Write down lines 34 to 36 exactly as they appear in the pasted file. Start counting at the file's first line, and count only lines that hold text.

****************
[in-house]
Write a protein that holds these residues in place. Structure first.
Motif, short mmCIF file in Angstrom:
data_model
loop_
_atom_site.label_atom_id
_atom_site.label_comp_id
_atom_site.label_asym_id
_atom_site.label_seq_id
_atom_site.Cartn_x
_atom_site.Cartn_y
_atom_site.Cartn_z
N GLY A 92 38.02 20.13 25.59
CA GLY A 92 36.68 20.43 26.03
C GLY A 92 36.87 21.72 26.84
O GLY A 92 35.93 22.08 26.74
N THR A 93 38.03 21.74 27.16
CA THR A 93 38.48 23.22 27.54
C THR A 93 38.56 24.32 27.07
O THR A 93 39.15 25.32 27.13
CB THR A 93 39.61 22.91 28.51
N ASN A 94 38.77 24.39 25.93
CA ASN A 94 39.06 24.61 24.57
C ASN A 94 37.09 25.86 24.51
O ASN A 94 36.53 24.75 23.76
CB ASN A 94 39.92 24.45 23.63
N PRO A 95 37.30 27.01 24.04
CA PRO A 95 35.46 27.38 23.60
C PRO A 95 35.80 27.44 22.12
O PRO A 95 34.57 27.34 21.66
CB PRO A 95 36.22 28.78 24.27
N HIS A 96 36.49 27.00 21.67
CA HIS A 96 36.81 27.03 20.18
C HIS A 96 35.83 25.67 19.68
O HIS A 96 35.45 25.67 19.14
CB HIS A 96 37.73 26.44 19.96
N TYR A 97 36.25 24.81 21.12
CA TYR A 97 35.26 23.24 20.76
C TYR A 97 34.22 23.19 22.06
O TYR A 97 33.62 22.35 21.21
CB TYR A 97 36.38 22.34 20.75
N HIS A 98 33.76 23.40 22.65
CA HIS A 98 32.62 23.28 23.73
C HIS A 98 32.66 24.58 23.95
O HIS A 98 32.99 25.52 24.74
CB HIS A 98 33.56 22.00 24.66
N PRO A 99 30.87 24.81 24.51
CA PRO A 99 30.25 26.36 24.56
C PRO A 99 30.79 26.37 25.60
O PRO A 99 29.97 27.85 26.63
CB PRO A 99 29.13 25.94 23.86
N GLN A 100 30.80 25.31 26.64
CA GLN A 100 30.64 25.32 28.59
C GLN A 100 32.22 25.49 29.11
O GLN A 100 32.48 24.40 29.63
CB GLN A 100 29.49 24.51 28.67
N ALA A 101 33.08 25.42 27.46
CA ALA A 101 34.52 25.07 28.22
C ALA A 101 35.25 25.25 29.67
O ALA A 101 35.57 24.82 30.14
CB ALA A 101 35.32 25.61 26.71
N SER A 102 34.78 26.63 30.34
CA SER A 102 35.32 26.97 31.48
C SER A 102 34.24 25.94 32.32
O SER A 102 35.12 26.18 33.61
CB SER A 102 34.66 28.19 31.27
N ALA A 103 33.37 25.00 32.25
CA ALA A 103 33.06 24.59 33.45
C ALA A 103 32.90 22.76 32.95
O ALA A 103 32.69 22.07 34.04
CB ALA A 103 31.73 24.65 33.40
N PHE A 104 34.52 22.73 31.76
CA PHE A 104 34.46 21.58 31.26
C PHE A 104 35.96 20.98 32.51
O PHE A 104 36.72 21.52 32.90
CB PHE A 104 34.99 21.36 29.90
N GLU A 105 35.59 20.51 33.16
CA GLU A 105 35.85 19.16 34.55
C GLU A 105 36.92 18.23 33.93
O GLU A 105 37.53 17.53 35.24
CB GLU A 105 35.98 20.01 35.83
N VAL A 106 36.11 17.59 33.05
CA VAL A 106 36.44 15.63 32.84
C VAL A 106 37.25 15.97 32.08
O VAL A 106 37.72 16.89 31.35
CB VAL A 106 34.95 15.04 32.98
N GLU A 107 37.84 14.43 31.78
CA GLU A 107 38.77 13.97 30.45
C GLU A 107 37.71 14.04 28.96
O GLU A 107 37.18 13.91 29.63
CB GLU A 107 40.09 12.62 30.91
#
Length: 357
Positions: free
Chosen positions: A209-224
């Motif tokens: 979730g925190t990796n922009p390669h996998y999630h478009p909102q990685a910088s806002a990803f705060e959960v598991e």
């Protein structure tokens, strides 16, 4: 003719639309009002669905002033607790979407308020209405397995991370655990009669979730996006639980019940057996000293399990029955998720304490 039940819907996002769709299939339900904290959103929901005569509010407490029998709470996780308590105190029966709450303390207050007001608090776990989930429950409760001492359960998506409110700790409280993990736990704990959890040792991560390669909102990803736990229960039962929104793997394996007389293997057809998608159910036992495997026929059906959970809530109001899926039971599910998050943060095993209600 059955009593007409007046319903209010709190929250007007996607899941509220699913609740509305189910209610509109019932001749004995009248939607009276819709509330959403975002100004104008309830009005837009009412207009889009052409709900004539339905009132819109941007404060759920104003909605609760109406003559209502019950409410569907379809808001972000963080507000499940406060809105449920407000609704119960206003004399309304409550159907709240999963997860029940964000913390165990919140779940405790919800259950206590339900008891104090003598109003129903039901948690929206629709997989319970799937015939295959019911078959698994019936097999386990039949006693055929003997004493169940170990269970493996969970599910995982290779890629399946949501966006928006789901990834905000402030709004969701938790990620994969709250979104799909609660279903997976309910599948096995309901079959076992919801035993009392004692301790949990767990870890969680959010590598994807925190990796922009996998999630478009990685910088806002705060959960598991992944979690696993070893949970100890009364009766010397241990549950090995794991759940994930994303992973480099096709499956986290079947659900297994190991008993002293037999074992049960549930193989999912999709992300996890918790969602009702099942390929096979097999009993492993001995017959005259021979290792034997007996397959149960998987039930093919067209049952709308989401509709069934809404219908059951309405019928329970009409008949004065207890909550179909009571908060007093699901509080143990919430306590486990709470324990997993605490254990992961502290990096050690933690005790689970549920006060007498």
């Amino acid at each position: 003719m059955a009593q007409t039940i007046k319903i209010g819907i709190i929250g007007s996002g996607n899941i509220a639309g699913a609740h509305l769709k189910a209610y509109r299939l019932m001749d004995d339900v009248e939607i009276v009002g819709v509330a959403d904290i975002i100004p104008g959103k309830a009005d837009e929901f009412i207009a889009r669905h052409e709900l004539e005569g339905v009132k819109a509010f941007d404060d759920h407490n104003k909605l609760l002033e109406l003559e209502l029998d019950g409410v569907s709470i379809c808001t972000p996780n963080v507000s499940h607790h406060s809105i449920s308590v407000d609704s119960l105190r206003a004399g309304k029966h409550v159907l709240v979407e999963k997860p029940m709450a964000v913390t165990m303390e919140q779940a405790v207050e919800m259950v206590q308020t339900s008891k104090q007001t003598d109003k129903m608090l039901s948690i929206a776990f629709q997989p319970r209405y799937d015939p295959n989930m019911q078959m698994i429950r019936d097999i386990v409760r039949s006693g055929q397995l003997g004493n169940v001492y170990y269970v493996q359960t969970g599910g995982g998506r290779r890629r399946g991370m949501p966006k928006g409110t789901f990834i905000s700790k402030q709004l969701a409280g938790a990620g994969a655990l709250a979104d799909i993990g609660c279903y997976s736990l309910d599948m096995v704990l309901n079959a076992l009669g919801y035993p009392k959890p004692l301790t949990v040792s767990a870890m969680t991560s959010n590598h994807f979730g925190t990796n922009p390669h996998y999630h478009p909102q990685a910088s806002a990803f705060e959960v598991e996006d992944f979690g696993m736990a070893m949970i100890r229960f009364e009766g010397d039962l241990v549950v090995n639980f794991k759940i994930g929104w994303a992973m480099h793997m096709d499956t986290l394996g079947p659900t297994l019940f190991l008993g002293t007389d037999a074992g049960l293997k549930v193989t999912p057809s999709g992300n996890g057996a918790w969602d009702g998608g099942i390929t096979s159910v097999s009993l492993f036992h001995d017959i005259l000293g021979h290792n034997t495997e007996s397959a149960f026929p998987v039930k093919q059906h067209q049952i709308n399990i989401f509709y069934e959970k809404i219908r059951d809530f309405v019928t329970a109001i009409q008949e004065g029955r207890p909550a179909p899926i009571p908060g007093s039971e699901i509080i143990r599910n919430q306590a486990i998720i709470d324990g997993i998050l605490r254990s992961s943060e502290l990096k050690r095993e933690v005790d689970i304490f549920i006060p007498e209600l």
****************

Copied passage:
C HIS A 96 35.83 25.67 19.68
O HIS A 96 35.45 25.67 19.14
CB HIS A 96 37.73 26.44 19.96